As Native-led resistance at Standing Rock to the Dakota Access Pipeline continues, people across the country have done their part to keep up the pressure by organizing actions in solidarity. Below are reports compiled from Liberation News from some of these demonstrations.
On Sept. 9, about 500 protesters gathered in Washington Square Park in New York City in solidarity with the resistance to the Dakota Access Pipeline at the Sacred Stone Camp in North Dakota. Thousands have traveled from across the country to support the Standing Rock Sioux Tribe’s fight against the pipeline. The pipeline was designed to transfer up to 400,000 barrels of Bakken crude oil from North Dakota to Illinois, and was expected to snake narrowly close to the Missouri River, the tribe’s main water supply. The government did not consult with the Standing Rock Sioux Tribe when the permits for building were approved by the department of engineers.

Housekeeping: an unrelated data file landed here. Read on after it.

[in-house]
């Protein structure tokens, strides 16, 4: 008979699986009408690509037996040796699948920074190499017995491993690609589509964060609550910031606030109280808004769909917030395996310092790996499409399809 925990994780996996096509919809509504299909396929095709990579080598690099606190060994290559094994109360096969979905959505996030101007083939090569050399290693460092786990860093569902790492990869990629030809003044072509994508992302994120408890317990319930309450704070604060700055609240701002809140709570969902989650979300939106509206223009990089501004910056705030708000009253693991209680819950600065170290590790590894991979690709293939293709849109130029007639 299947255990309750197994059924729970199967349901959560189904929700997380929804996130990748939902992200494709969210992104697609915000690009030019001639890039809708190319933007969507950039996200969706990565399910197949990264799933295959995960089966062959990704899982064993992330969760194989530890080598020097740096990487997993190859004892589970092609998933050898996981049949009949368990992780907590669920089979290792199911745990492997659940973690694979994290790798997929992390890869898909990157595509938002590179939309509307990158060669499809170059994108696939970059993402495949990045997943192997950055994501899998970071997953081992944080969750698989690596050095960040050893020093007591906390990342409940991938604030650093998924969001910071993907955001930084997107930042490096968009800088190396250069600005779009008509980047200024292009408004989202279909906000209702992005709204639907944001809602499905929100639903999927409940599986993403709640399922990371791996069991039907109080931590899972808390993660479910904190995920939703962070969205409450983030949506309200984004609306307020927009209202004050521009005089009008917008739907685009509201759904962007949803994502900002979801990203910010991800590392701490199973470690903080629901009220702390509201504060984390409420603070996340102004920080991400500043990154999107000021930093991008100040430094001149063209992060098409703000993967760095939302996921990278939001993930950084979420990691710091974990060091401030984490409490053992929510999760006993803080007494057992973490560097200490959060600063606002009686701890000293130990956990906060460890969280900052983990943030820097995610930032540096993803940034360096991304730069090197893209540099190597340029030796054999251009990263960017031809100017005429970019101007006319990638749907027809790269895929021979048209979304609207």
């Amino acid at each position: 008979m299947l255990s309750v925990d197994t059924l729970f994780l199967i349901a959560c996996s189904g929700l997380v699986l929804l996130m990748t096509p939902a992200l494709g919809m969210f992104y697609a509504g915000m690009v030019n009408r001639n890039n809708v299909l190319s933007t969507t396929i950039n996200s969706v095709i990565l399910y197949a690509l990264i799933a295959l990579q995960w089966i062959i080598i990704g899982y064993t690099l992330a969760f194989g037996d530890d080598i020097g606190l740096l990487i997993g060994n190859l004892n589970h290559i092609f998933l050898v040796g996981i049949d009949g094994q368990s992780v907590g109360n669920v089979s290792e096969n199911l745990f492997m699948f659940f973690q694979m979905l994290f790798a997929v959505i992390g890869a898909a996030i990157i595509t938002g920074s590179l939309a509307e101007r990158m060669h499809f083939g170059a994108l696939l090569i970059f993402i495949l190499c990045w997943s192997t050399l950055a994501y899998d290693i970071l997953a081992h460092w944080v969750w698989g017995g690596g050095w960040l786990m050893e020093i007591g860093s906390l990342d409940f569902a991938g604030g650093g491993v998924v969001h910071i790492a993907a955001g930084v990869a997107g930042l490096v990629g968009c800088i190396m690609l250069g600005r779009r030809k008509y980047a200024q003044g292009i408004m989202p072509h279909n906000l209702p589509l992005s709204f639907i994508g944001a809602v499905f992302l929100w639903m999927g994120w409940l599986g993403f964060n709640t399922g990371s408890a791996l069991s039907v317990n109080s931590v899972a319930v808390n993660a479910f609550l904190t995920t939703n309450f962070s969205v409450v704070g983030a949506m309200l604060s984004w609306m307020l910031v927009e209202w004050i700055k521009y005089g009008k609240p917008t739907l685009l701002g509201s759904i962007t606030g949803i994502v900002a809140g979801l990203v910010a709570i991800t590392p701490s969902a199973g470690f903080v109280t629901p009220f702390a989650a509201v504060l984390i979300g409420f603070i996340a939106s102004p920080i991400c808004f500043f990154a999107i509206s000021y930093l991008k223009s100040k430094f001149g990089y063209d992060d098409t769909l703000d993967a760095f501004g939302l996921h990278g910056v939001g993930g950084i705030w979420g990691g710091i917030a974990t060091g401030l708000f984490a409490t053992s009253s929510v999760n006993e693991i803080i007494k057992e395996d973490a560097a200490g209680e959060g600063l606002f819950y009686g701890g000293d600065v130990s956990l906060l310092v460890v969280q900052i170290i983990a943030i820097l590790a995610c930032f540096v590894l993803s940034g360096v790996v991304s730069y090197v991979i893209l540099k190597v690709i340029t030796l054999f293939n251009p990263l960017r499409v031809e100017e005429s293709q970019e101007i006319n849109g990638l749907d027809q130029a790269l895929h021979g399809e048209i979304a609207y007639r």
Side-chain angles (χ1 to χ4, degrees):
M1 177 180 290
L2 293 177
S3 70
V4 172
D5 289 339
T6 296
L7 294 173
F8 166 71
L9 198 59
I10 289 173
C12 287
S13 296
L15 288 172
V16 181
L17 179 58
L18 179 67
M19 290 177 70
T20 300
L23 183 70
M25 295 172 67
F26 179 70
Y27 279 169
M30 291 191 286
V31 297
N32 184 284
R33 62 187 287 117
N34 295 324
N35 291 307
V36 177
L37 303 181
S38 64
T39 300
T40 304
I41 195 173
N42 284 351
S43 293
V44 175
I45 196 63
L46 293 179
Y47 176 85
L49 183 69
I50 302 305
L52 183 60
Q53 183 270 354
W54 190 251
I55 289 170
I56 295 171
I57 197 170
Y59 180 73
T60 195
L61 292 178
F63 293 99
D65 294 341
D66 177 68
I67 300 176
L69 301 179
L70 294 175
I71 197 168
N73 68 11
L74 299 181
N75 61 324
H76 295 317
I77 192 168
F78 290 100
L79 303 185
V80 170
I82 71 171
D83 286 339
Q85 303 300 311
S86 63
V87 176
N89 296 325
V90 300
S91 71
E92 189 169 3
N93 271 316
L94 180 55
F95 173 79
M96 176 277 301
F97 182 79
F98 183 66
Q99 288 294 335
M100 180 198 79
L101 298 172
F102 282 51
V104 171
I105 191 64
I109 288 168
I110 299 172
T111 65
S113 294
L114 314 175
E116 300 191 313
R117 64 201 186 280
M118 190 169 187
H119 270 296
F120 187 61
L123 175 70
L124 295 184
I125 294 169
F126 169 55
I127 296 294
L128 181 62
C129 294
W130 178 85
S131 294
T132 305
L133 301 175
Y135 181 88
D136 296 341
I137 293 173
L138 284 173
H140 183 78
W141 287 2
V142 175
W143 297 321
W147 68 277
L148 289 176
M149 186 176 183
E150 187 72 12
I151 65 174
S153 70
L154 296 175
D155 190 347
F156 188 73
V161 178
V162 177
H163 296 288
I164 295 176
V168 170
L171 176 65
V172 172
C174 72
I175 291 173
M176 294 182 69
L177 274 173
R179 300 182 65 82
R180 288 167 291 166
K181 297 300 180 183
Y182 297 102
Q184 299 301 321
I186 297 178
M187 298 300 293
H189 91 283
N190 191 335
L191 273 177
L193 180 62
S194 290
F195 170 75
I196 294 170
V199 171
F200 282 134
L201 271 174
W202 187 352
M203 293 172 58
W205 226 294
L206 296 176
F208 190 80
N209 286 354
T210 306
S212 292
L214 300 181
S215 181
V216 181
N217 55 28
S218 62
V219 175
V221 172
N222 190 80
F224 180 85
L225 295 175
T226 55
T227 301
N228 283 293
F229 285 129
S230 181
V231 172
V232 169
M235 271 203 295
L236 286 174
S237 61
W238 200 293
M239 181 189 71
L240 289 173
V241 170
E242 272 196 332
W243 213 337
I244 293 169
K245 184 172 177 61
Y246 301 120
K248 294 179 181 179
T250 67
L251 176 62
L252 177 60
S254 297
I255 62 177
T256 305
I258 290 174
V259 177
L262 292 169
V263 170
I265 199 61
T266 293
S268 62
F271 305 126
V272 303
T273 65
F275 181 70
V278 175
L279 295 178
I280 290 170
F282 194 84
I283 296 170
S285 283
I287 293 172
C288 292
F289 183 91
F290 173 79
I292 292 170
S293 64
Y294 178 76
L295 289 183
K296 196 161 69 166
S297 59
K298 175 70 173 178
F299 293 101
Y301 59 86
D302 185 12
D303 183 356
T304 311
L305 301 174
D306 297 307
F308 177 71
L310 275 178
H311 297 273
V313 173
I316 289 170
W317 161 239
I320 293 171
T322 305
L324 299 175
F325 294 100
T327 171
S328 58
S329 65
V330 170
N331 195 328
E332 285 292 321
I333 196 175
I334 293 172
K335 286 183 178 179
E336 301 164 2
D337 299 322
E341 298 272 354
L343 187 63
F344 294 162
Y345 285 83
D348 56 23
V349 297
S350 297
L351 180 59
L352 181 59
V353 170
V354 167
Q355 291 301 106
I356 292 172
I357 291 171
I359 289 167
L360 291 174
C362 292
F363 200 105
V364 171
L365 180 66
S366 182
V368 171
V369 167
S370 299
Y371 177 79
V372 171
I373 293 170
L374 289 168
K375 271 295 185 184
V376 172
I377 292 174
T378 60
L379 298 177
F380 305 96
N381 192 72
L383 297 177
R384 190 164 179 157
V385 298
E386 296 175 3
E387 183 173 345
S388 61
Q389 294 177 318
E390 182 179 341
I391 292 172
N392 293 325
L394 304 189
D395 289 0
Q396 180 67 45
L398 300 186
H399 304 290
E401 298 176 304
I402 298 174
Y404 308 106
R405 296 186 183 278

On Sept. 9, one thousand people came out on the streets of Chicago to stand in solidarity with the Standing Rock Sioux Tribe in their struggle against the Dakota Access Pipeline in Cannon Ball, ND. It was an evening of prayer, speech, dance and struggle, led by the newly formed NoDAPLChicago Coalition. The action was mostly Native, but featured a host of multinational supporters coming from different struggles and backgrounds. This multinational character was remarked on by many speakers as being a prime source of strength, especially when fighting against billion dollar corporations with enormous resources as their disposal.
Hundreds of protesters gathered outside the White House to oppose the Dakota Access Pipeline and show solidarity with the heroic Native resistance at Standing Rock.